Friday, September 6th was the first day of school for my brand new fourth grader! Both of us were very excited. Thomas sat on the couch watching Spongebob Squarepants the morning before and said, “it feels like summer vacation just started!”
“Yeah? Ya think? My vacation starts tomorrow.”
I gave him my best Mr. Roper look (you know, where Norman Fell cracked a joke and looked right into the camera and grinned? Love that.) but he must not have realized there was a joke hidden in there. All he said was, “LUCKKKYYY!”
He’ll get the joke someday, but for today I let it slide. I’m looking forward to Thomas learning a ton of great stuff in fourth grade. He’s changing so much and that’s thrilling and humorous and makes me feel a bit melancholy for the days when all we had on the agenda was having breakfast and going to Target for diapers.
Now, we’ve got a list a mile long of things that we’ll never accomplish in the few hours we have together after school and before bedtime (because at nine, he still has a bedtime).
Parents complain endlessly, and quite justifiably, about how demanding babies and toddlers are, what with the diapers and
bottles breast-feeding, the car-seat battles and constant snack requests. But in retrospect, those troubles are small and those years go by so quickly.
I’m looking forward to spending more time with my darling boy since WE HAD A FROST THIS WEEK!
Did that sound overly-enthusiastic? Probably. But I can’t help it! It’s a very long season on a vegetable farm and although we haven’t lost more than a few crops because of the 2-night frost event, this signals that there will be a slow-down to the non-stop activity.
Customers repeatedly ask when the <insert summer veggie> season will be over and I tell them, “when we have a frost or shortly thereafter.”
“Oh, it’s too early for a frost!”
Not really. We typically have a damaging frost by September 15th (this year it was the night of 9/16) followed by a few weeks of beautiful, sunny weather. This weekend’s forecast is showing sun with temps in the upper 70s.
We make preparations for frost, however, but you can’t cover up everything with row cover like we did with the peppers and zucchini. We’ve got nearly 60 acres and that would be a lot of blankets and sheets.
We hope that the plants have enough leaf-cover to protect the veggies from harm until we can get them off the plants. This year, the tomatoes and basil were shot long before frost, but the peppers and eggplant are still gorgeous. We’re hoping to get a few more weeks of harvesting summer crops before we head into fall full-steam-ahead.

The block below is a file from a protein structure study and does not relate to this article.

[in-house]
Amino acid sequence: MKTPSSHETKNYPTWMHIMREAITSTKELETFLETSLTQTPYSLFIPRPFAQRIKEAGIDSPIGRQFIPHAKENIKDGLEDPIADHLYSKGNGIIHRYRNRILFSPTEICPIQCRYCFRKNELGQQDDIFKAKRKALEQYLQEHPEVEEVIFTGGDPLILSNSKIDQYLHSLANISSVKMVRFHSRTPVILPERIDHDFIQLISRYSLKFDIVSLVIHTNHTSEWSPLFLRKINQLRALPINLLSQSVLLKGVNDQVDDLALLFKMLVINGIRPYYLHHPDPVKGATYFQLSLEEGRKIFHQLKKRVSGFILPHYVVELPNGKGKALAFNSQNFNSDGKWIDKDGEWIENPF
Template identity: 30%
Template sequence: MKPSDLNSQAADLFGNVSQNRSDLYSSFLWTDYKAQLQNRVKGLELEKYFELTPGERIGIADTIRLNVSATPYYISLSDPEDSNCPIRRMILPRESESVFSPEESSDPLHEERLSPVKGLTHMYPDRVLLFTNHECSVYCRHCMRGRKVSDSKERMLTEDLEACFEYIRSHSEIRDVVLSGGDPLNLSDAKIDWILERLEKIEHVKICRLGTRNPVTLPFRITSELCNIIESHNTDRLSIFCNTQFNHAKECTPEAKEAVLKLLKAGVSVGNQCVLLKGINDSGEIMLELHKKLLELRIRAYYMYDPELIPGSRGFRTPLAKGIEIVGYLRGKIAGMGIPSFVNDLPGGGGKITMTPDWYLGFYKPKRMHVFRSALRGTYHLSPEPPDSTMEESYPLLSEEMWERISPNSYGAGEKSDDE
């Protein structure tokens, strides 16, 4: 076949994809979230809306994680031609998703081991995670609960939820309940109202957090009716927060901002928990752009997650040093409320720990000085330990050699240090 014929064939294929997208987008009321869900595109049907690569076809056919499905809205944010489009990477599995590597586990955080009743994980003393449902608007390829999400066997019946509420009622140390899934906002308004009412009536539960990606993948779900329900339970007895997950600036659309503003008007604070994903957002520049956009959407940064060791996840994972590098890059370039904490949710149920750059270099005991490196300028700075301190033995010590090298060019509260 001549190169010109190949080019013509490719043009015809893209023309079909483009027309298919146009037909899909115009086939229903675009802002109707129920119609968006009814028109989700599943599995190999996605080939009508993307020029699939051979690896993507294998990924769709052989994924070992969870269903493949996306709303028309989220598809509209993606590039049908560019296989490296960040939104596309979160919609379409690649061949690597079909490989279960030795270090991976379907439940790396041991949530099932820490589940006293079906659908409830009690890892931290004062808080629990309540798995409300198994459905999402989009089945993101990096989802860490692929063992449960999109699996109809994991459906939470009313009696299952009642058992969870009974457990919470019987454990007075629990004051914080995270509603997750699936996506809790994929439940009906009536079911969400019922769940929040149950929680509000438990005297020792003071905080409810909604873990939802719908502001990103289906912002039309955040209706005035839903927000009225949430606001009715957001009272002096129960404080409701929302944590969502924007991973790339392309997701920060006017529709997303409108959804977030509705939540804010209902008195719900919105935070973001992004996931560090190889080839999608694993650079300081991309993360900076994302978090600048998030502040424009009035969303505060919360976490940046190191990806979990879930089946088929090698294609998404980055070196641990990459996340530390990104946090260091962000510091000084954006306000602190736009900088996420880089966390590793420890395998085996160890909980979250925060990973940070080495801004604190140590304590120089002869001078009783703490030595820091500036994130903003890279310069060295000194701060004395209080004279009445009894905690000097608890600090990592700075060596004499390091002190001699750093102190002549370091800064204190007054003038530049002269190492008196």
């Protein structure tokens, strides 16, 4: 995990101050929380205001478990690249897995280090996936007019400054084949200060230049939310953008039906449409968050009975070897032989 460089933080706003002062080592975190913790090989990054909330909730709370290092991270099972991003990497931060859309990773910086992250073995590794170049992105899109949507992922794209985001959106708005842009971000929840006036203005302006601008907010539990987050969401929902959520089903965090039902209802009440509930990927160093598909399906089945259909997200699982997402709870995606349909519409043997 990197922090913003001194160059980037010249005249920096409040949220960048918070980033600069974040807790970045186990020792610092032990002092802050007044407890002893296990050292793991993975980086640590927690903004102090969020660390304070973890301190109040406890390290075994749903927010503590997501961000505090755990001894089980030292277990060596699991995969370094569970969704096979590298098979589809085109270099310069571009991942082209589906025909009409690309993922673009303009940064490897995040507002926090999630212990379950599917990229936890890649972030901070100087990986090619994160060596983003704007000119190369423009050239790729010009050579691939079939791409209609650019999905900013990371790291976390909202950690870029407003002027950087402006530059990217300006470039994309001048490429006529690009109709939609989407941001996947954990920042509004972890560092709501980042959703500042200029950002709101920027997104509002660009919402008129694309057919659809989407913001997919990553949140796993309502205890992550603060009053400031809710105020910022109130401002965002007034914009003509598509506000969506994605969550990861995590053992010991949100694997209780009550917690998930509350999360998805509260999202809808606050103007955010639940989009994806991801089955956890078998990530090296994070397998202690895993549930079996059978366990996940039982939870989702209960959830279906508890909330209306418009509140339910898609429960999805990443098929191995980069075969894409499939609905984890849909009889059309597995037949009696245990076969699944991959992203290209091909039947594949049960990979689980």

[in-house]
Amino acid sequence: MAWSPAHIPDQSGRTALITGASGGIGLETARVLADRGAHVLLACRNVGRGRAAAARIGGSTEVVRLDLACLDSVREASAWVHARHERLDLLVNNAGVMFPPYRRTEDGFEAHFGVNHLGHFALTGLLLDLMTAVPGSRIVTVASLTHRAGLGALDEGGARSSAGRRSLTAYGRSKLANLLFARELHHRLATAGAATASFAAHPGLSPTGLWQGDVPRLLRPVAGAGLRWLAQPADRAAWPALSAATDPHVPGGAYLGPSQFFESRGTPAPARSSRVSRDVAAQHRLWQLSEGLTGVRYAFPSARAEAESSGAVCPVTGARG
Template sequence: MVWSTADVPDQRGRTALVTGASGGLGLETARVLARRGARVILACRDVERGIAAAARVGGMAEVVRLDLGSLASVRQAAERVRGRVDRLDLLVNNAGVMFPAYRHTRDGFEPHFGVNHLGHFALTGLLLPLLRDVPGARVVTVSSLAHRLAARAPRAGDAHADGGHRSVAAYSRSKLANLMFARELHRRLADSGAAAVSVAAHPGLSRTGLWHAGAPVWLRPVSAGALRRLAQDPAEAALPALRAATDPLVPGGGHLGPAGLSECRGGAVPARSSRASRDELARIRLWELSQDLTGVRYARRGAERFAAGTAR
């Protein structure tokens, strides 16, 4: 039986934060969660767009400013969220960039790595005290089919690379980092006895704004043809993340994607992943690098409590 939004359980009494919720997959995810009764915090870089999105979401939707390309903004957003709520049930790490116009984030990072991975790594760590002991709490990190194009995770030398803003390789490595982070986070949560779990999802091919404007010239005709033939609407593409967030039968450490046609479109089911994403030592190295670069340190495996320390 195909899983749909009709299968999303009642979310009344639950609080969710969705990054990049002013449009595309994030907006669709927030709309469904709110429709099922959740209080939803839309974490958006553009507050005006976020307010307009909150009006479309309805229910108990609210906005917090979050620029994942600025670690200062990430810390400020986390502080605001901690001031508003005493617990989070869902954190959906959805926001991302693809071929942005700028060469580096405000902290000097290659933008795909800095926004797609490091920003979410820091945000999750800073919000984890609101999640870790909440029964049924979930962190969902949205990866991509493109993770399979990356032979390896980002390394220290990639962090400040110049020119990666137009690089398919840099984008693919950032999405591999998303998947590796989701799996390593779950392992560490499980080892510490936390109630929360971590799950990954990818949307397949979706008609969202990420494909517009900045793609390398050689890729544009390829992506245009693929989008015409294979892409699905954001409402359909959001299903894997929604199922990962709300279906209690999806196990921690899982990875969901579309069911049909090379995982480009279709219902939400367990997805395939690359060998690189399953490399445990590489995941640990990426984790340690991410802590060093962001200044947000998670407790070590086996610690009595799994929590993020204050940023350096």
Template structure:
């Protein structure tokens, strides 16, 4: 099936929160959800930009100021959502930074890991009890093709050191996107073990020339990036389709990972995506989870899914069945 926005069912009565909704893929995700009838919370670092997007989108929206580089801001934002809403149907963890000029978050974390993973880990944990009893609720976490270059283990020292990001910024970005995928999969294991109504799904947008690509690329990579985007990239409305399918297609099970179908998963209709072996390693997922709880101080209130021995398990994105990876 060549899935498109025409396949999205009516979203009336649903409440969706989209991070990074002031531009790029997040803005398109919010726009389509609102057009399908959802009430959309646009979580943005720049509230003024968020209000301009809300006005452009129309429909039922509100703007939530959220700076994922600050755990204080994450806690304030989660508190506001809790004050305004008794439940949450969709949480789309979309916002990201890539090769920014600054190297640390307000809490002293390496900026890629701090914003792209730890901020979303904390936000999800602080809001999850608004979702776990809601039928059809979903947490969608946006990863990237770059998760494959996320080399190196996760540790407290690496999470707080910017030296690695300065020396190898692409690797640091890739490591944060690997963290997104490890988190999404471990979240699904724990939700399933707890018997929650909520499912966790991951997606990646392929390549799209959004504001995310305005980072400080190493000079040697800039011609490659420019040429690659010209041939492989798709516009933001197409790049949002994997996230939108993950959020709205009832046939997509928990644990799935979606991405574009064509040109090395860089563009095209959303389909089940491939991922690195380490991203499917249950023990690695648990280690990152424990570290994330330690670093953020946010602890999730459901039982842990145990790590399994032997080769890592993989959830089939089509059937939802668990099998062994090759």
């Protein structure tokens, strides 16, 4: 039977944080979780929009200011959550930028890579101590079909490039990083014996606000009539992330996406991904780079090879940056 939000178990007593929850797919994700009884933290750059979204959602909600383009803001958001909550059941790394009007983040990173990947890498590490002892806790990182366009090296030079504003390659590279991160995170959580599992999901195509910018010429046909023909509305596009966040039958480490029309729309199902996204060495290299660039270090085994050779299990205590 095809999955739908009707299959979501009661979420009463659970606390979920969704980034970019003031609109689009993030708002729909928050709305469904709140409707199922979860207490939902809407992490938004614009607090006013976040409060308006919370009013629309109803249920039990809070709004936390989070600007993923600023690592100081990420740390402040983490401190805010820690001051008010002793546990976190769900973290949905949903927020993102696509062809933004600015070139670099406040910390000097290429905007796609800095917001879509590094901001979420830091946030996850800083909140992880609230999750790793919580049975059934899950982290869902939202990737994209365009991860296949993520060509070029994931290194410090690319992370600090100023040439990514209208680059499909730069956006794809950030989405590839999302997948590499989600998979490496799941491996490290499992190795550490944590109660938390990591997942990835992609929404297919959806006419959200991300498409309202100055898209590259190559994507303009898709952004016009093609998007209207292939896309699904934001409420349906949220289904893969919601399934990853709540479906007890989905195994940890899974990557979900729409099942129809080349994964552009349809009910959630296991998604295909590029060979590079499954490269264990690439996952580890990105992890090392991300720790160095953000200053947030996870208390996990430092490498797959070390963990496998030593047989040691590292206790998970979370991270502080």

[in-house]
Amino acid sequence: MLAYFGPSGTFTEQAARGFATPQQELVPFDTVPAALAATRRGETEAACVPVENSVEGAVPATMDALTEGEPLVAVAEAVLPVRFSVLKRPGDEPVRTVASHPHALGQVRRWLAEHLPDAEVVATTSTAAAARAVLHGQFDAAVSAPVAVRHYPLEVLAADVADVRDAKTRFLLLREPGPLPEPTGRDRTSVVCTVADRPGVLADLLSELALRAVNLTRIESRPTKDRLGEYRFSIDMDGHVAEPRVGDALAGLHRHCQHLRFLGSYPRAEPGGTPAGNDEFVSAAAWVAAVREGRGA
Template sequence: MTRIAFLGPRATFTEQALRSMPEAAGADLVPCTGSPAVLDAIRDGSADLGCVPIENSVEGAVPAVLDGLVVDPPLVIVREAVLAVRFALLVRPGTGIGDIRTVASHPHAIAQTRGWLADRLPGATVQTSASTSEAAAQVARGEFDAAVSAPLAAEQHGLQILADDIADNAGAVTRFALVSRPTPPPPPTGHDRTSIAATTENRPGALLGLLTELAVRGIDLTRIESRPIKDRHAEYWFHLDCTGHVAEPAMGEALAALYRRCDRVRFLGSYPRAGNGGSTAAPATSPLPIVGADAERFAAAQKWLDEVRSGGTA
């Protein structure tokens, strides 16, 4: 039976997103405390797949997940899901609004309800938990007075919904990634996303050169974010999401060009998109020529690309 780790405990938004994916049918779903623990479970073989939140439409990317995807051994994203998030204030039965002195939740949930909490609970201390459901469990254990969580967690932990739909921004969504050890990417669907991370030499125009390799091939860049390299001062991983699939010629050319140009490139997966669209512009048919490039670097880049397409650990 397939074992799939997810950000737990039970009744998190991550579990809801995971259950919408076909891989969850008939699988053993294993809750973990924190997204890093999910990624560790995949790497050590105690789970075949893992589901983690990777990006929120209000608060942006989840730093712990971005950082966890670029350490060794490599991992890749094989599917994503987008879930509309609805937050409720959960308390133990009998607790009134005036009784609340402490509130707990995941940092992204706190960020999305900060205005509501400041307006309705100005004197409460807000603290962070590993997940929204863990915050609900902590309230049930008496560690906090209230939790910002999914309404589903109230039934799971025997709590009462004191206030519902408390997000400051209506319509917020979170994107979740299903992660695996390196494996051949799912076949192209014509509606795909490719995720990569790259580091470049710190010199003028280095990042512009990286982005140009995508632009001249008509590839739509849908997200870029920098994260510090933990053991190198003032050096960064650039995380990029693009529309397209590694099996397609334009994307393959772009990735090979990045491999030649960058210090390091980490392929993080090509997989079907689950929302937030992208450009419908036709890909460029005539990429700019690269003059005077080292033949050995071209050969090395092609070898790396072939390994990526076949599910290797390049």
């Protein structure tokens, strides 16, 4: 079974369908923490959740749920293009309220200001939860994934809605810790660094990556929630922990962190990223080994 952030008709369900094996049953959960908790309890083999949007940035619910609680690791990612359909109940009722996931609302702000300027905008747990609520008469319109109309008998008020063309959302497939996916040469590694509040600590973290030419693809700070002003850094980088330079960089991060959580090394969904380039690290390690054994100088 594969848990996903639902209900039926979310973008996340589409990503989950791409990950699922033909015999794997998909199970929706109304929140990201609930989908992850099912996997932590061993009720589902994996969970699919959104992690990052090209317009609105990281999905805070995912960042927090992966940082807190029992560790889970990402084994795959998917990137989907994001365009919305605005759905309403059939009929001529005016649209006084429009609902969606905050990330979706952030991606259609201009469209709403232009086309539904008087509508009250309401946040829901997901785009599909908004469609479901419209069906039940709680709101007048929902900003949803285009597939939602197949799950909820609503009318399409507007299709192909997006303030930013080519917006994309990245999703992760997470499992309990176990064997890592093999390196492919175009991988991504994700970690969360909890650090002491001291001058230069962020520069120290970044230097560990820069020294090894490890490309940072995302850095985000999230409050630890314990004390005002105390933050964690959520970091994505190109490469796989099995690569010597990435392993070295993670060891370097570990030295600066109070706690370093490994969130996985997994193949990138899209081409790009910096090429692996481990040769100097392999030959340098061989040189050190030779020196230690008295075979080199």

Right now, colorful peppers are in abundance at markets and if you see them, they will probably be cheaper than Holland peppers in February. You should buy many and freeze them. How do you freeze them? Well, you slice them up (no seeds, please) and freeze them raw in bags or you cook them and freeze them. Quite simple, actually!
I like to make up what I call “chili mix”: Dice several peppers, including poblanos and jalapenos, onions and garlic and saute briefly in olive oil. You don’t want them fully cooked. Let them cool, then portion into freezer containers and label each one with a name and date. Inside you have all the veggies you need to start a pot of chili, either on the stove or in the crock pot! You can add some spices and herbs to it if you like, but I usually like to leave it plain in case I need to defrost a container to jazz up a frittata for a quick work-night dinner.
The recipe here today is a terrific, simple way to highlight the wonderful sweet red peppers that you find this time of year. I created it for a feature in Goshen Quarterly Magazine – a free publication that you can find at various Goshen businesses. The online version isn’t up just yet, but please check it out when you find one. The article highlights several Goshen Farmers Market vendors.
- 3 large red peppers
- 2 fresh 'green' garlic stalks white and light green parts, thinly sliced or 2 cloves garlic
- 1 T fresh oregano leaves minced or 1t dried
- zest of 1 lemon plus extra wedges for garnish
- scant 1/3 cup extra virgin olive oil
- salt and pepper to taste
- 4 oz +/- block feta cheese, sliced into 1/4” thick slabs
- baguette or Italian bread sliced and toasted or grilled
Roast red peppers over the open flame of a gas stove until charred. Place in a bowl, cover bowl with plastic wrap, and allow to steam until cool enough to handle. While peppers are steaming, prepare marinade: in medium bowl, combine garlic, oregano, lemon zest, olive oil, salt and pepper and set aside.
Peel skin off peppers (basically wipe it with your hand – skin will come off easily) and remove stem and seeds. Slice peppers into 1/2” strips and place in marinade. Toss to coat and set aside to marinate for at least 30 minutes but as long as overnight. You should refrigerate the peppers if storing for longer than an hour, just be sure to bring peppers to room temperature before plating.
To plate: divide peppers equally amongst each of 4 plates and drizzle them with a bit of the marinade. Arrange a few slices of bread and a lemon wedge on each plate. Have these ready while you sear the feta.
Heat a small non-stick skillet over medium heat. Add a tiny bit of oil to just skim-coat the pan then add no more than 4 slices of feta – it cooks quickly. The cheese should sizzle as soon as it hits the pan. Allow it to cook for about 20 – 30 seconds, then carefully flip it over with a small offset spatula and let it barely brown on the other side. Carefully remove from pan and set on prepared plates (again, dividing equally) then continue searing remaining feta slices.
Garnish the cheese with a bit of minced oregano and lemon zest & wedges and serve while it's hot. To eat this plate of simple summer deliciousness, stack the cheese and peppers on a slice of bread, squeeze a bit of lemon over top and dive in!
Betcha didn't know you could pan-sear feta halloumi-style! It is fabulous!